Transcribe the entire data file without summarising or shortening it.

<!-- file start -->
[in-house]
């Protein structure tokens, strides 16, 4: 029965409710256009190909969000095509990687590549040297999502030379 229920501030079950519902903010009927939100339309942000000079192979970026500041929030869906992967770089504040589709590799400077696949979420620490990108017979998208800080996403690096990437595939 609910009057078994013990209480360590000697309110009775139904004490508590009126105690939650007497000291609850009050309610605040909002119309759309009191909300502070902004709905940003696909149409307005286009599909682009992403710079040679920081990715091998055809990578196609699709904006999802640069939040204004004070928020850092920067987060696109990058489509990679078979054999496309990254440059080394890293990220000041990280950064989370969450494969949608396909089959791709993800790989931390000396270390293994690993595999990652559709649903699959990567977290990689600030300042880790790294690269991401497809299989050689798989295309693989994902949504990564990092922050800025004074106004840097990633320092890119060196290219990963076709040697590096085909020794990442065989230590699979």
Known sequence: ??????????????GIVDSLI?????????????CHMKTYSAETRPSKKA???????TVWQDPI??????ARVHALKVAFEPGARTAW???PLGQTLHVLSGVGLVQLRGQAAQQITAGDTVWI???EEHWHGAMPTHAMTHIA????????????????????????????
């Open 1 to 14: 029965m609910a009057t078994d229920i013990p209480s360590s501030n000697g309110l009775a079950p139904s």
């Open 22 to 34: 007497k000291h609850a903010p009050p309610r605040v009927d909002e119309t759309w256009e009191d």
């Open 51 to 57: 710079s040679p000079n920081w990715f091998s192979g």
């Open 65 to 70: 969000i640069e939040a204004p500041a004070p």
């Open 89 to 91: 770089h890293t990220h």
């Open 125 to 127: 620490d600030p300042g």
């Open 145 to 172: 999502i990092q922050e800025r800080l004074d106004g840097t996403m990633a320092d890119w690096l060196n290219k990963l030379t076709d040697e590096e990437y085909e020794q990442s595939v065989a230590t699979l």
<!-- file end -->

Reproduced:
[in-house]
């Protein structure tokens, strides 16, 4: 029965409710256009190909969000095509990687590549040297999502030379 229920501030079950519902903010009927939100339309942000000079192979970026500041929030869906992967770089504040589709590799400077696949979420620490990108017979998208800080996403690096990437595939 609910009057078994013990209480360590000697309110009775139904004490508590009126105690939650007497000291609850009050309610605040909002119309759309009191909300502070902004709905940003696909149409307005286009599909682009992403710079040679920081990715091998055809990578196609699709904006999802640069939040204004004070928020850092920067987060696109990058489509990679078979054999496309990254440059080394890293990220000041990280950064989370969450494969949608396909089959791709993800790989931390000396270390293994690993595999990652559709649903699959990567977290990689600030300042880790790294690269991401497809299989050689798989295309693989994902949504990564990092922050800025004074106004840097990633320092890119060196290219990963076709040697590096085909020794990442065989230590699979």
Known sequence: ??????????????GIVDSLI?????????????CHMKTYSAETRPSKKA???????TVWQDPI??????ARVHALKVAFEPGARTAW???PLGQTLHVLSGVGLVQLRGQAAQQITAGDTVWI???EEHWHGAMPTHAMTHIA????????????????????????????
């Open 1 to 14: 029965m609910a009057t078994d229920i013990p209480s360590s501030n000697g309110l009775a079950p139904s």
């Open 22 to 34: 007497k000291h609850a903010p009050p309610r605040v009927d909002e119309t759309w256009e009191d």
């Open 51 to 57: 710079s040679p000079n920081w990715f091998s192979g």
């Open 65 to 70: 969000i640069e939040a204004p500041a004070p």
């Open 89 to 91: 770089h890293t990220h």
């Open 125 to 127: 620490d600030p300042g």
């Open 145 to 172: 999502i990092q922050e800025r800080l004074d106004g840097t996403m990633a320092d890119w690096l060196n290219k990963l030379t076709d040697e590096e990437y085909e020794q990442s595939v065989a230590t699979l």